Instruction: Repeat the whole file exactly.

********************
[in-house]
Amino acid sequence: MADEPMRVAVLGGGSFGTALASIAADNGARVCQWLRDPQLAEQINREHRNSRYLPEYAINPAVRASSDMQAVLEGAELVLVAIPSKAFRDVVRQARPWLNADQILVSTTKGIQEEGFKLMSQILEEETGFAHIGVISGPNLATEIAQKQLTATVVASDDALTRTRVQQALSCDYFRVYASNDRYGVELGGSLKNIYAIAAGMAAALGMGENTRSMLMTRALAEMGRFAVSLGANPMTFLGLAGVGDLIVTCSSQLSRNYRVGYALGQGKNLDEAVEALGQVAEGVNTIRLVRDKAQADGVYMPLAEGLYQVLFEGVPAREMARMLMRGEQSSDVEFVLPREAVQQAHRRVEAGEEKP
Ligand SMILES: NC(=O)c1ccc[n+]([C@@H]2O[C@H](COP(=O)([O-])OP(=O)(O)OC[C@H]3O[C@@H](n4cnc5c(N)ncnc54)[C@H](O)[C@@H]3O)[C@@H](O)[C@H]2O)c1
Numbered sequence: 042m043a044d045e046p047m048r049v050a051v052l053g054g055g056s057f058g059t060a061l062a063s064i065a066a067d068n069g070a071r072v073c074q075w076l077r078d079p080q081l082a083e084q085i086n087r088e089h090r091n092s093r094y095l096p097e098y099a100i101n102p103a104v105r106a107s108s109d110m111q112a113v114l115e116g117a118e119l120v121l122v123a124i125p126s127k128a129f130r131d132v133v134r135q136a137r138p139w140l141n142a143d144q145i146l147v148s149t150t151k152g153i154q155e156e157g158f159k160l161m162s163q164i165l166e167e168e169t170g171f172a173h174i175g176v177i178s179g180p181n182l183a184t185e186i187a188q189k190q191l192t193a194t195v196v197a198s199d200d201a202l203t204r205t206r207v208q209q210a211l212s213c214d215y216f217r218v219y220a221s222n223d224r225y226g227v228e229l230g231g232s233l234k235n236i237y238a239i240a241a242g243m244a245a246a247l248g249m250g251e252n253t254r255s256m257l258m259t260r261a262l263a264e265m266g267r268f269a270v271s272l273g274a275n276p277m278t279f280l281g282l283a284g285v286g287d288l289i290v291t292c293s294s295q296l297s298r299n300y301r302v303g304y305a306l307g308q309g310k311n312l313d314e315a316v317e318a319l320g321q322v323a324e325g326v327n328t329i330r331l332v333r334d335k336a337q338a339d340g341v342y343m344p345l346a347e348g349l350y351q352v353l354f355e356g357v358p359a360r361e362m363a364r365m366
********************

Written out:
[in-house]
Amino acid sequence: MADEPMRVAVLGGGSFGTALASIAADNGARVCQWLRDPQLAEQINREHRNSRYLPEYAINPAVRASSDMQAVLEGAELVLVAIPSKAFRDVVRQARPWLNADQILVSTTKGIQEEGFKLMSQILEEETGFAHIGVISGPNLATEIAQKQLTATVVASDDALTRTRVQQALSCDYFRVYASNDRYGVELGGSLKNIYAIAAGMAAALGMGENTRSMLMTRALAEMGRFAVSLGANPMTFLGLAGVGDLIVTCSSQLSRNYRVGYALGQGKNLDEAVEALGQVAEGVNTIRLVRDKAQADGVYMPLAEGLYQVLFEGVPAREMARMLMRGEQSSDVEFVLPREAVQQAHRRVEAGEEKP
Ligand SMILES: NC(=O)c1ccc[n+]([C@@H]2O[C@H](COP(=O)([O-])OP(=O)(O)OC[C@H]3O[C@@H](n4cnc5c(N)ncnc54)[C@H](O)[C@@H]3O)[C@@H](O)[C@H]2O)c1
Numbered sequence: 042m043a044d045e046p047m048r049v050a051v052l053g054g055g056s057f058g059t060a061l062a063s064i065a066a067d068n069g070a071r072v073c074q075w076l077r078d079p080q081l082a083e084q085i086n087r088e089h090r091n092s093r094y095l096p097e098y099a100i101n102p103a104v105r106a107s108s109d110m111q112a113v114l115e116g117a118e119l120v121l122v123a124i125p126s127k128a129f130r131d132v133v134r135q136a137r138p139w140l141n142a143d144q145i146l147v148s149t150t151k152g153i154q155e156e157g158f159k160l161m162s163q164i165l166e167e168e169t170g171f172a173h174i175g176v177i178s179g180p181n182l183a184t185e186i187a188q189k190q191l192t193a194t195v196v197a198s199d200d201a202l203t204r205t206r207v208q209q210a211l212s213c214d215y216f217r218v219y220a221s222n223d224r225y226g227v228e229l230g231g232s233l234k235n236i237y238a239i240a241a242g243m244a245a246a247l248g249m250g251e252n253t254r255s256m257l258m259t260r261a262l263a264e265m266g267r268f269a270v271s272l273g274a275n276p277m278t279f280l281g282l283a284g285v286g287d288l289i290v291t292c293s294s295q296l297s298r299n300y301r302v303g304y305a306l307g308q309g310k311n312l313d314e315a316v317e318a319l320g321q322v323a324e325g326v327n328t329i330r331l332v333r334d335k336a337q338a339d340g341v342y343m344p345l346a347e348g349l350y351q352v353l354f355e356g357v358p359a360r361e362m363a364r365m366